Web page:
Along the trail, hairy bergenia (Bergenia ciliata) is quite common on rock faces, and we notice a lovely fragrance, emitted by the Himalayan butterfly-bush (Buddleja crispa). The Nepalese pear (Pyrus pashia), is a small tree, which displays a profusion of white flowers. This species, whose fruits are edible, is widely distributed, from Afghanistan eastwards to China and Southeast Asia.
The forest now contains trees like a species of maple, Acer sterculiaceum, and Rhododendron arboreum, with clusters of bright red inflorescences. The intensity of the red colour decreases with higher altitude, and near the upper limit of the occurrence of this species, around 3,800 m, you sometimes encounter trees with white flowers. This species is among the tallest of rhododendrons, growing to a height of 15 m. It is very common in the entire Himalayan range, as well as in montane areas of South India, Sri Lanka, northern Thailand, and northern Vietnam. – This species, and many other rhododendrons, are dealt with in detail on the page Plants: Rhododendrons.
Birds in this forest include Himalayan monal pheasant (Lophophorus impejanus), which, in Nepal, is called ’the bird of nine colours’, in allusion to the brilliant plumage of the cock. Pictures, depicting this species, are shown on the page Animals: Himalayan animals.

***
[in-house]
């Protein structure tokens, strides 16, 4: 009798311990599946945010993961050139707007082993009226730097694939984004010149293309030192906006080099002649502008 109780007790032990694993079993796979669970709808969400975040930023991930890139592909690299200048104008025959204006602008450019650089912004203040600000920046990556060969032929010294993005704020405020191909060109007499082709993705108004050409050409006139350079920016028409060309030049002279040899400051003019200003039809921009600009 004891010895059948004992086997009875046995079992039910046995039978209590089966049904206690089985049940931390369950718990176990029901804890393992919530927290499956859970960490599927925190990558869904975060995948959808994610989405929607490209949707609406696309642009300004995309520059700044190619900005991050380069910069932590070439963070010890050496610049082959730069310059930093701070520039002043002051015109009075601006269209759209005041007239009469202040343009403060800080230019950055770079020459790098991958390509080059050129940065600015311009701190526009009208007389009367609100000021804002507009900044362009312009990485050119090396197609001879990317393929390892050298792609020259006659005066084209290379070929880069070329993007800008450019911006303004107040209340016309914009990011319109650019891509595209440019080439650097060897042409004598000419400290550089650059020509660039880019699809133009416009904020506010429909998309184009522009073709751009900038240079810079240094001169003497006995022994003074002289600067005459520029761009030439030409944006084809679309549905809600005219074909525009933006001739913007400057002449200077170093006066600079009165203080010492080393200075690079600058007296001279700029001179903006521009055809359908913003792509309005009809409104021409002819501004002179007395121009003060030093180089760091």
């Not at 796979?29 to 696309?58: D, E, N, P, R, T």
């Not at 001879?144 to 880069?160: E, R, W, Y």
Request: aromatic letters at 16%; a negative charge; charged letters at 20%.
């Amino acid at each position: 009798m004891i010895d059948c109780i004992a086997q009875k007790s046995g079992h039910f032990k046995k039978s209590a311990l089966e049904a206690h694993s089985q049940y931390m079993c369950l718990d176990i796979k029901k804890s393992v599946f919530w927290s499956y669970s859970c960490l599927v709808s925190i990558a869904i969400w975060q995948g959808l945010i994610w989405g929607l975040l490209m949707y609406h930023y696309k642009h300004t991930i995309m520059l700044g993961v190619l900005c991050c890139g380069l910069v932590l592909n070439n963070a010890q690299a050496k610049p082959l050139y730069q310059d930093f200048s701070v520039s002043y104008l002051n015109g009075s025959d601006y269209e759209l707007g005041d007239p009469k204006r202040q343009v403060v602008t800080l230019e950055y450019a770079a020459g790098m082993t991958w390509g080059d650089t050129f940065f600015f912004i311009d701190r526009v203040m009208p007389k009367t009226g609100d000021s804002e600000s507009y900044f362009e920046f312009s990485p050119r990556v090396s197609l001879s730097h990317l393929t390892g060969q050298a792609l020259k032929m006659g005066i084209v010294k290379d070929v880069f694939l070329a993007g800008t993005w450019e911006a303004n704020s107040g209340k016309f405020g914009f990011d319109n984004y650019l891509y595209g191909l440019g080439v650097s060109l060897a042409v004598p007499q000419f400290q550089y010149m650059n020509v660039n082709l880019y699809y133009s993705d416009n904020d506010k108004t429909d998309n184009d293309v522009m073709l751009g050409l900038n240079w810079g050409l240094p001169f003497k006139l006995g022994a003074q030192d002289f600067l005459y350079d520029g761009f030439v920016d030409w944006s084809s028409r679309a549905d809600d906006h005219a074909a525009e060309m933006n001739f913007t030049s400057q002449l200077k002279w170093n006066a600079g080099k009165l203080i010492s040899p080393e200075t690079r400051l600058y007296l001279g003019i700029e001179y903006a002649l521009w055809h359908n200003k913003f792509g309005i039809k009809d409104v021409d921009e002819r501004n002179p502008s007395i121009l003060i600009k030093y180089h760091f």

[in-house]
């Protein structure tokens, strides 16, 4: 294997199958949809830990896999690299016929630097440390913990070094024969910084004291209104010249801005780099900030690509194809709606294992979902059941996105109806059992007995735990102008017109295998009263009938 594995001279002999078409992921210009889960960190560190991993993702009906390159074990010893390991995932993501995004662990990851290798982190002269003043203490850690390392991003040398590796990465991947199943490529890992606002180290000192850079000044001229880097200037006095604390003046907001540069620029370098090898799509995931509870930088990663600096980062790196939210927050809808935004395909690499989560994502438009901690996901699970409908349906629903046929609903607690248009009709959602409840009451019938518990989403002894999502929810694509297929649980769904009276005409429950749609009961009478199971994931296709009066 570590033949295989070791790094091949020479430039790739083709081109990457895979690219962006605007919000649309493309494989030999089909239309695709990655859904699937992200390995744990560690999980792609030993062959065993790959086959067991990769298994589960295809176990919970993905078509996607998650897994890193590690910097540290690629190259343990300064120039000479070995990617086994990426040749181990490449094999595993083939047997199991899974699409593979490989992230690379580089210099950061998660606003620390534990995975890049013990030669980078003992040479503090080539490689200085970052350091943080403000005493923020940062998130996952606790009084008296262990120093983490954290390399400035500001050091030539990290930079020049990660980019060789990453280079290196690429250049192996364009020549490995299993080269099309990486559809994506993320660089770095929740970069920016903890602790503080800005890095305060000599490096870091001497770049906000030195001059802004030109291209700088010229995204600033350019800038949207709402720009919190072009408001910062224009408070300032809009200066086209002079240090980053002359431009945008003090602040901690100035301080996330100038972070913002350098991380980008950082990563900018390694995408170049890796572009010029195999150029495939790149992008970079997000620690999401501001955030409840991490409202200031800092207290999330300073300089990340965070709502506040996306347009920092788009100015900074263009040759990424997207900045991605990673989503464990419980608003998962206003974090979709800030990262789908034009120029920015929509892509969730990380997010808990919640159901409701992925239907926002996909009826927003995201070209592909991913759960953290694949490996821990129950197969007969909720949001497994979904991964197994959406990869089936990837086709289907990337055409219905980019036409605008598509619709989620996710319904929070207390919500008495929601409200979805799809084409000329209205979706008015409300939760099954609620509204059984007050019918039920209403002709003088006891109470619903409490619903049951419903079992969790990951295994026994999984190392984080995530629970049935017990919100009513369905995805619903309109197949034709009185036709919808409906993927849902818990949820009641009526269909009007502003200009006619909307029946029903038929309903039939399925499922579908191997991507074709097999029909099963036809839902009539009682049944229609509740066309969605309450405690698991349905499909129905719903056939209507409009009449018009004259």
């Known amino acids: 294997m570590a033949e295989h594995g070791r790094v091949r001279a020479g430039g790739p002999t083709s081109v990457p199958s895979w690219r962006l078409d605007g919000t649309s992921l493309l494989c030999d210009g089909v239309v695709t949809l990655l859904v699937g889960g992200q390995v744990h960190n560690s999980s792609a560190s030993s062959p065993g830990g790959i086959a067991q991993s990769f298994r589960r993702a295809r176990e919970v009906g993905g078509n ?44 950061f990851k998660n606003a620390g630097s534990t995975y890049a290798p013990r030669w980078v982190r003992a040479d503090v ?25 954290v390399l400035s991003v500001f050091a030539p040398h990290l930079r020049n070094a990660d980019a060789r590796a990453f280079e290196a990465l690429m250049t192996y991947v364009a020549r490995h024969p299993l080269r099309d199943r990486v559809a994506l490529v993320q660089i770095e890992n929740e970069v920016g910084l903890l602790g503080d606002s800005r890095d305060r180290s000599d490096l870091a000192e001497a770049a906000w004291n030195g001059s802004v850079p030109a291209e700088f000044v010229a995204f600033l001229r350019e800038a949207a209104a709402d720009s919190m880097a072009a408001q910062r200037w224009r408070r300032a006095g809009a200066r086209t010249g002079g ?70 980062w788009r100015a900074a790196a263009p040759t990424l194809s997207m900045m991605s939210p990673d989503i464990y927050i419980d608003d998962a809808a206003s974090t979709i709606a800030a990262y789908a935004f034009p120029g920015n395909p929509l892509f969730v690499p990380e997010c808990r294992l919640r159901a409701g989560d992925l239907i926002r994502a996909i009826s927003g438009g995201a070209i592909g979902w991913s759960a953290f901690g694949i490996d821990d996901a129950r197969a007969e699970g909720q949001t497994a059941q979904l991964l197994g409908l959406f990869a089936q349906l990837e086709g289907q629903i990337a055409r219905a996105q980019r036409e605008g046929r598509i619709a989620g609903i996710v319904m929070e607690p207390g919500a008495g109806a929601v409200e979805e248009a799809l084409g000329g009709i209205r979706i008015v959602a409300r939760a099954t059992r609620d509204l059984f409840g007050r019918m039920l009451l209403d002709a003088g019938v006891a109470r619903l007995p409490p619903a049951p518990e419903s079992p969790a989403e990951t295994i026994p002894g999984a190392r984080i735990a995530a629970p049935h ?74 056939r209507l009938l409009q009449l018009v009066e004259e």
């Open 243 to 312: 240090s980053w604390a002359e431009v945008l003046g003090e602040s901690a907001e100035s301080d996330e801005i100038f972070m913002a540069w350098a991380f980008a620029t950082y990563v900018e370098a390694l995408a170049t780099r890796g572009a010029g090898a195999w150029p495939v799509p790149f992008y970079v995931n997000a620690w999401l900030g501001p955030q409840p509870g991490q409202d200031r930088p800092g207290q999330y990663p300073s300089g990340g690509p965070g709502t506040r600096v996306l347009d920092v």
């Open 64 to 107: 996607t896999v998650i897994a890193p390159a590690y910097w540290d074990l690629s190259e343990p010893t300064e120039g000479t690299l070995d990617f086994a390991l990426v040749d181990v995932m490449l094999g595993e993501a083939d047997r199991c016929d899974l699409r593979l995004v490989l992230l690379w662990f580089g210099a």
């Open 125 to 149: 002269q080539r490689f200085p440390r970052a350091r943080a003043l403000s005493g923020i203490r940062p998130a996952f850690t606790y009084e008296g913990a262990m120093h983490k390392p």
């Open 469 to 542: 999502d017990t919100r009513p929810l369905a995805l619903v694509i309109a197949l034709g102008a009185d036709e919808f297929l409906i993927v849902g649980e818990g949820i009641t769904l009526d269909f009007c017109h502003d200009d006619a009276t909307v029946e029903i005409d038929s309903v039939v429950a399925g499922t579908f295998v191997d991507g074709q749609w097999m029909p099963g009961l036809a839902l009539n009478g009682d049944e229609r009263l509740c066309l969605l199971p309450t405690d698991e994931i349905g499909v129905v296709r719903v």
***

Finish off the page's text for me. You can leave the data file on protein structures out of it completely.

We also observe two vultures, Himalayan griffon vulture (Gyps himalayensis) and lammergeier (Gypaetus barbatus), the bright red long-tailed minivet (Pericrocotus ethologus), the blue-and-white ultramarine flycatcher (Ficedula superciliaris), and white-collared blackbird (Turdus albocinctus), whose male resembles the Eurasian blackbird (T. merula), but has a white collar, which merges into a white throat.
A small Hindu shrine is situated at the lakeside, indicating the status of the lake as a pilgrimage site. However, it is too early in the year for pilgrimages, and we are the only guests in the lodge at the opposite side of the lake.
I walk up a tiny side valley on the lookout for a troop of pale-armed langurs (Semnopithecus schistaceus), several of which live in this area. This langur is a large species of leaf-monkey, found at medium altitudes in the Himalaya, but occasionally straying to 4,000 m.